Michael D. Brown, resigned this afternoon as director of the Federal Emergency Management Agency, becoming the first high-profile Bush administration official to step down amid public criticism of the government's response to Hurricane Katrina.
Brown was relieved of command of the recovery effort Friday and recalled to Washington from Louisiana by Homeland Security Secretary Michael Chertoff, who replaced Brown with U.S. Coast Guard Vice Admiral Thad Allen.
The White House announced that President Bush would name R. David Paulison, now U.S. Fire Administrator and director of preparedness for FEMA, to succeed Brown as acting under secretary for emergency preparedness and response.
"When I came to work this morning my mind still wasn't made up," Brown said in an interview. "What made up my mind was the continued focus of the press with, 'What went wrong? What went right? Is Brown competent or incompetent?' . . . . I'm just one of those guys who knows, when you know what's right, just do it, so I pulled the trigger and resigned."
In a written statement released by the agency, Brown said, "As I told the President, it is important that I leave now to avoid further distraction from the ongoing mission of FEMA."
Brown's resignation came amidst Bush's third trip to the region since the disaster erupted. The president side-stepped questions about Brown's resignation. "Maybe you know something I don't know. I've been working," Bush said to reporters on an inspection tour of damage in Gulfport, Miss.
The departure of FEMA's director came as Bush said Congress should consider whether the federal government should take more authority to intervene in disasters in the states, and as Senate and House panels prepare to hold hearings Wednesday into domestic preparedness in advance of a joint congressional investigation into the Katrina aftermath.
"Michael Brown's resignation is more than understandable following the events of the past two weeks. But his action today will not alone solve all the problems that plagued the federal government's response to Hurricane Katrina," Louisiana Sen. Mary L. Landrieu (D) said in a written statement. "The people of our nation, and in particular, the Gulf Coast, deserve and demand full accountability for this administration's missteps."
Brown, 50, who came to FEMA in 2001 after a rocky tenure as an Arabian horse association commissioner, has become a lightning rod for anger over the government's sluggish response to the Aug. 29 storm that flooded New Orleans, wrecked the Mississippi and Alabama coastline and displaced an estimated 1 million people. Critics took aim at Brown's qualifications, ties to Bush political aides and hands-off style, using them to make a broader point about the diminished capability of the nation's disaster response agency under the administration's reorganized Department of Homeland Security.
Sen. Patrick Leahy (D-Vt.) said the leadership change "begins to recognize the disarray in federal preparedness for this disaster, but it does not solve it. The buck stops at the president's desk."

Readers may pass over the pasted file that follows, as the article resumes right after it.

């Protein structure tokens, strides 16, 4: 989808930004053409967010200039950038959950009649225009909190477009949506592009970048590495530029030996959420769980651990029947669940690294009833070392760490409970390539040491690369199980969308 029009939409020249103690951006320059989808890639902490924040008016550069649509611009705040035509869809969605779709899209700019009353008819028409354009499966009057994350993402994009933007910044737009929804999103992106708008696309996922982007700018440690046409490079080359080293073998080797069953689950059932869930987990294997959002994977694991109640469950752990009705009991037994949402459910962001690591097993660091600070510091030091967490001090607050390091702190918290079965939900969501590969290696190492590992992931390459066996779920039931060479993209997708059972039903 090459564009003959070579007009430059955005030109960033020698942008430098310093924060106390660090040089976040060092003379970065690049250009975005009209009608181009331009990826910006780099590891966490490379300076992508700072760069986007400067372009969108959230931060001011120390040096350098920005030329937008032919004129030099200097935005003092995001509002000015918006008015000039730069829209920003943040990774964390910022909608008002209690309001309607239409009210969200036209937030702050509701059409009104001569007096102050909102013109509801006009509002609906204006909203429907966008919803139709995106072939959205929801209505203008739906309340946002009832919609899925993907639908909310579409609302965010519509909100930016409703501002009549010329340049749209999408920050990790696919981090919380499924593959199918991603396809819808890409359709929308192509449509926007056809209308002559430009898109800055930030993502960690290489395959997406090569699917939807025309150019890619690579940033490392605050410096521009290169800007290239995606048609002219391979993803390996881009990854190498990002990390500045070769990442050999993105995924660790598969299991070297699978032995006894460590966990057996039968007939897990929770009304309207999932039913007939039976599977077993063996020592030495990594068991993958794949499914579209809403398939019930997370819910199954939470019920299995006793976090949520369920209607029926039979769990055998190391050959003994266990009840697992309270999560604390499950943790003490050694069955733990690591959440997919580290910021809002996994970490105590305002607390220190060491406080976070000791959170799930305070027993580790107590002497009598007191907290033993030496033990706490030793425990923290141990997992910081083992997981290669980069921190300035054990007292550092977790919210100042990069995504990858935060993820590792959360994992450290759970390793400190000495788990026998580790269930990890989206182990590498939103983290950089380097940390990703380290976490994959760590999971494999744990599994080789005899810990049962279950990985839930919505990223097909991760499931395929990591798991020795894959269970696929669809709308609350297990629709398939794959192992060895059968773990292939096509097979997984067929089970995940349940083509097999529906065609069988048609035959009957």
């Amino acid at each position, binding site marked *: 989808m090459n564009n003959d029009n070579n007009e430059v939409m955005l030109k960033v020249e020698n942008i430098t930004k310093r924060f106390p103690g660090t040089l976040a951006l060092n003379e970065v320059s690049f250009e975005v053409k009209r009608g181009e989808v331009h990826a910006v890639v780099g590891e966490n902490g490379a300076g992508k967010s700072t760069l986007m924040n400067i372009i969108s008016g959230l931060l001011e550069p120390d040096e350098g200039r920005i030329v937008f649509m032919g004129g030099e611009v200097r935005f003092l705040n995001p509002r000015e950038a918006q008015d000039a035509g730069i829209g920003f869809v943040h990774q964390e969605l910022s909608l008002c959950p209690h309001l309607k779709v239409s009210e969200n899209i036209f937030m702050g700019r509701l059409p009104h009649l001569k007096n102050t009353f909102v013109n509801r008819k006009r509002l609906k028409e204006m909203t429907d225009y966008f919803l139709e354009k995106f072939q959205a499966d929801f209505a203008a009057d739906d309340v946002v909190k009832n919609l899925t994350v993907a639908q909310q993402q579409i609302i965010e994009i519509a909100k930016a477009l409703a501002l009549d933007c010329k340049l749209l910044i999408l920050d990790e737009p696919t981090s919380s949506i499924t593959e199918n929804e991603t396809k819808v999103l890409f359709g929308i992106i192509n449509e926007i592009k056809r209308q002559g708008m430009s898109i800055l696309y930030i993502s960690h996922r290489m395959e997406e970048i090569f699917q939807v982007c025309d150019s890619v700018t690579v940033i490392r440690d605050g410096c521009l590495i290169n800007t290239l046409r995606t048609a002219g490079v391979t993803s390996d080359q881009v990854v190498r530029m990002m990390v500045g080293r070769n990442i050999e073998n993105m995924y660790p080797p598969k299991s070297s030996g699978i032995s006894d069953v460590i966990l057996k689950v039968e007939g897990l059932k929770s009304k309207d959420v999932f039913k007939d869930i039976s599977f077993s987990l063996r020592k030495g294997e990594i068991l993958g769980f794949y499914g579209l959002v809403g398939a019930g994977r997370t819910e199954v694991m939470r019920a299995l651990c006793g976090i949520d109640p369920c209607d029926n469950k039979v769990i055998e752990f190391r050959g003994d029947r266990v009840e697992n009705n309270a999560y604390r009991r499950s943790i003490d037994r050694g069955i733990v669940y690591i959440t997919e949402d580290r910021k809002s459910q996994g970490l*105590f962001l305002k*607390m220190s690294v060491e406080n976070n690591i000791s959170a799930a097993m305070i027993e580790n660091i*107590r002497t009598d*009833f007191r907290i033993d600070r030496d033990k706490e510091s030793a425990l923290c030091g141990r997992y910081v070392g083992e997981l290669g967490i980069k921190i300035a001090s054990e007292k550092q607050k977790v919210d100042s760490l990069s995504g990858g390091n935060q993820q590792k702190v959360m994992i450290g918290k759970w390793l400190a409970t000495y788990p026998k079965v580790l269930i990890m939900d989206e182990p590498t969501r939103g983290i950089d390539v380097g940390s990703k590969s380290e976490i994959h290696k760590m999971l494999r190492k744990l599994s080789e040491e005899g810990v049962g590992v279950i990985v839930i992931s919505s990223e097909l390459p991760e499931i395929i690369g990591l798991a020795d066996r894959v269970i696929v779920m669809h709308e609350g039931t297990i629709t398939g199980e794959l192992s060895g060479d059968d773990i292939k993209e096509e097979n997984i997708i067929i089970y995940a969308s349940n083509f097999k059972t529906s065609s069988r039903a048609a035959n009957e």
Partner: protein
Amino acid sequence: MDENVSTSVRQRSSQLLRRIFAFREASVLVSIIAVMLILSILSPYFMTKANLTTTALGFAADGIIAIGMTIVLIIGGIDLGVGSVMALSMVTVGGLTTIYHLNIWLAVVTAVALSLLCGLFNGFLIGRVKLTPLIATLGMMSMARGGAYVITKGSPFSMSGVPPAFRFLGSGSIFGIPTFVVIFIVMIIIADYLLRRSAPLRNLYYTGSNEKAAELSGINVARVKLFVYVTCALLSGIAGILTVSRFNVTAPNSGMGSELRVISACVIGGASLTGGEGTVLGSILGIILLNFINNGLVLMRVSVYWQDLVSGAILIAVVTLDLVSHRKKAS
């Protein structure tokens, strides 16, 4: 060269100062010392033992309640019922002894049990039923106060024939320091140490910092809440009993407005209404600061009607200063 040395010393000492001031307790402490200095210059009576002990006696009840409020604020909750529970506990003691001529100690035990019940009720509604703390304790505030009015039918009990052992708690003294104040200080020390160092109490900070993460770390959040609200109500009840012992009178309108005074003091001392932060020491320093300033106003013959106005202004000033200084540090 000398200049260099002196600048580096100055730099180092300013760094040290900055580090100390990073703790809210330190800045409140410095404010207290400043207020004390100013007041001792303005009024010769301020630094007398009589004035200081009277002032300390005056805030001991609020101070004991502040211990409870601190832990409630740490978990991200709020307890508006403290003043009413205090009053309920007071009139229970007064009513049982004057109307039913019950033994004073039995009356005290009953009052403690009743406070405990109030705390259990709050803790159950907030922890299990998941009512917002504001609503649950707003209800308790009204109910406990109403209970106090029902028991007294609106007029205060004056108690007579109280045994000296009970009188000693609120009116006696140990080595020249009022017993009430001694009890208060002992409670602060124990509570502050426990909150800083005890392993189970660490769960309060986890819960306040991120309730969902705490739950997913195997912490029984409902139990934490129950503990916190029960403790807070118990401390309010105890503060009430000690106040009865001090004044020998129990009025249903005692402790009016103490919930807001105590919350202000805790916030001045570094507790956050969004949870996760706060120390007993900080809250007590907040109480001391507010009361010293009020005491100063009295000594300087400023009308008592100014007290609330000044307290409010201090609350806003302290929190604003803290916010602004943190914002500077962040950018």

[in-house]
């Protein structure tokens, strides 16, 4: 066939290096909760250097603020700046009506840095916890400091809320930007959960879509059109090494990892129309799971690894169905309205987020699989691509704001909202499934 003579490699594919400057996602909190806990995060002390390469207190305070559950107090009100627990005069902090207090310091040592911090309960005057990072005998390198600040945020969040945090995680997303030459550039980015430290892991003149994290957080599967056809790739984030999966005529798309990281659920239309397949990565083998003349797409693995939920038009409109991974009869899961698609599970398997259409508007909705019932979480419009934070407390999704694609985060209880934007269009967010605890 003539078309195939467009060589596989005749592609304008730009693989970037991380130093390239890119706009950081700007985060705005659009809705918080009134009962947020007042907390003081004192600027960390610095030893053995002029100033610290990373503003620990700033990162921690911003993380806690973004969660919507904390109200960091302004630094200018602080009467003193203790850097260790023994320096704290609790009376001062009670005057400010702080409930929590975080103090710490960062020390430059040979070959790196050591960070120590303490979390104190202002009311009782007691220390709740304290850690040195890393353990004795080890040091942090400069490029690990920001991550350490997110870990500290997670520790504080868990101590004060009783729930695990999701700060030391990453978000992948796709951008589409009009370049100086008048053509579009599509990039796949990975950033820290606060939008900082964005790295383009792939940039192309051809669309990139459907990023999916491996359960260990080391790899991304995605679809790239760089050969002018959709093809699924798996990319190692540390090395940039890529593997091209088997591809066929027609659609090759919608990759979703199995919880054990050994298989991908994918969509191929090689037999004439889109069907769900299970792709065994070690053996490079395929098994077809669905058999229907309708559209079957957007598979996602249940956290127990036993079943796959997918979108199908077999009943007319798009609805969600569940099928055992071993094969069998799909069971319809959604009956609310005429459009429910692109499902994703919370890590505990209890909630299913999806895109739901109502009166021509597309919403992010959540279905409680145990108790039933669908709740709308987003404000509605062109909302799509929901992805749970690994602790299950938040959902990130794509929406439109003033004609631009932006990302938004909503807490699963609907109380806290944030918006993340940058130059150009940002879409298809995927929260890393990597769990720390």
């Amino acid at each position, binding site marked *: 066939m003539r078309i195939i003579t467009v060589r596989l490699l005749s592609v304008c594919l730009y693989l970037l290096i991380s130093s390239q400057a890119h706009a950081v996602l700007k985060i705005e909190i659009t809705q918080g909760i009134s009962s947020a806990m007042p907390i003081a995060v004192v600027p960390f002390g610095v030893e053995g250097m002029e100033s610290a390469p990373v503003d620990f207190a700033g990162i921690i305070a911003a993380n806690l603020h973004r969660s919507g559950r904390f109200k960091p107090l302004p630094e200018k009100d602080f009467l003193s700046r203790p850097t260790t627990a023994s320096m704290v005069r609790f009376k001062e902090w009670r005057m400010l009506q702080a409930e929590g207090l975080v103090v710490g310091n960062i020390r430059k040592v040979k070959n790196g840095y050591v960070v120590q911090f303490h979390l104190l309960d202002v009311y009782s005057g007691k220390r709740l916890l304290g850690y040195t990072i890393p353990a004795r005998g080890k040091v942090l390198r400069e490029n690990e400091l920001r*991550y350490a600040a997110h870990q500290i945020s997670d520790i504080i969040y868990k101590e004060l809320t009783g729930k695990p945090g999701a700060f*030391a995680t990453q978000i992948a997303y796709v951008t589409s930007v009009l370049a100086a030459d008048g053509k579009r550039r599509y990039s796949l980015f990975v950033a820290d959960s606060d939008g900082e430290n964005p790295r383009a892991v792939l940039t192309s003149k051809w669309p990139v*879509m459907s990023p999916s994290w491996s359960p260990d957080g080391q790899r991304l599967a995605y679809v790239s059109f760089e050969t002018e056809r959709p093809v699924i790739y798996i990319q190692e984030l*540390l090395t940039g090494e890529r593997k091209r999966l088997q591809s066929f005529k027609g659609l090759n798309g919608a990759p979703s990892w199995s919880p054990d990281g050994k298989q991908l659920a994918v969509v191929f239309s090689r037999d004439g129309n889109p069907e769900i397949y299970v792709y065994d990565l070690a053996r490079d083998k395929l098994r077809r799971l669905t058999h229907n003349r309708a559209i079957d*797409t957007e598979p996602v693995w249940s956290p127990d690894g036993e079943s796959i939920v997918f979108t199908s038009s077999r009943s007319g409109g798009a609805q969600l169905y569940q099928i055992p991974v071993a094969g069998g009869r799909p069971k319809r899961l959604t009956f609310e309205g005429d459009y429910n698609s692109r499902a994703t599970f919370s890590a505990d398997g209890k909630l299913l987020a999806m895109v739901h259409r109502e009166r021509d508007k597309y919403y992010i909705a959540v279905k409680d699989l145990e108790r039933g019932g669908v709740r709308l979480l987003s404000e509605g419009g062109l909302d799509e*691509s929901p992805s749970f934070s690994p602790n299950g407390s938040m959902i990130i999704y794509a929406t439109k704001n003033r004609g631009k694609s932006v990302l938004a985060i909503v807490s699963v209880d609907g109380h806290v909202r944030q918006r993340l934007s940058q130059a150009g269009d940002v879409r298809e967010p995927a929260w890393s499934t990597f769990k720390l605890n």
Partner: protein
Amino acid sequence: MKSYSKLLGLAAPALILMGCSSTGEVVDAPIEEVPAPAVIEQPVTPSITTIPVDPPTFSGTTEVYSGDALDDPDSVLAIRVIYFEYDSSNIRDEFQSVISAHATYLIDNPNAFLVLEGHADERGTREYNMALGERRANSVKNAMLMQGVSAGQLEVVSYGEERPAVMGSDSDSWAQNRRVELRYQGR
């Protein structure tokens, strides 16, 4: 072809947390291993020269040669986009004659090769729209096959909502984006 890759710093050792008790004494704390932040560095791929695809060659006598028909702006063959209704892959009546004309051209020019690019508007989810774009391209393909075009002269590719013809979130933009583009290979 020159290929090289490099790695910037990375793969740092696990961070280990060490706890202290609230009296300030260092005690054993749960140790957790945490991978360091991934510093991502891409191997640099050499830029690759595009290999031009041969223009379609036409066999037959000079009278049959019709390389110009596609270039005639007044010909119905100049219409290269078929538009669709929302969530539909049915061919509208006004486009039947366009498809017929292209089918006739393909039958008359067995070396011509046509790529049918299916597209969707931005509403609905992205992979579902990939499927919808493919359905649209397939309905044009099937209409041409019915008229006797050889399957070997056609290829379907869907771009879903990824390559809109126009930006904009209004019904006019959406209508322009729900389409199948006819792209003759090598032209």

John Gage, president of the American Federation of Government Employees, called Brown's departure a good first step, but added, that his resignation "does nothing to restore the slashed funding for disaster mitigation that FEMA has suffered."
Under a pending Homeland Security Department reorganization, FEMA would be "dismantled," in the words of a Congressional Research Service study, losing its disaster preparedness program to a new, strengthened directorate within the department and retaining only disaster response and recovery offices.
Paulison now heads FEMA's preparedness division. Federal grants that FEMA once administered for state and local preparedness have also been shifted elsewhere.
Brown said today that he made the decision on his own after a long conversation Saturday with his friend, Andy Card, who is Bush's chief of staff.
"He suggested that I just sit down with the family and think about where I wanted to go, what I wanted to do, how I wanted to deal with the media onslaught, and then left that decision up to me," Brown said.
Brown said he notified Chertoff's deputy, Michael Jackson and Card's office shortly after 1 p.m.
Earlier today, Bush toured flood-ravaged New Orleans and denied race or the war in Iraq played a part in the administration's sluggish response to Hurricane Katrina.
"The storm didn't discriminate and neither will the recovery effort," Bush said when asked if the government's slow response was due to the fact that many of the storm's victims were poor African-Americans, a charge some U.S. black leaders have levied against the administration.
"When those Coast Guard choppers . . . were pulling people off roofs, they didn't check the color of a person's skin. They wanted to save lives," he said.
Bush said the government will take a "sober look" at "what went on and how it went on" amid continued criticism of what is seen as an inadequate federal response to a national disaster.
Asked by reporters whether the war in Iraq meant U.S. troops were stretched too thin to respond quickly, Bush answered testily that it was "preposterous to claim that the engagement in Iraq meant there weren't enough troops here, pure and simple."
"We've got plenty of troops to do both," he insisted.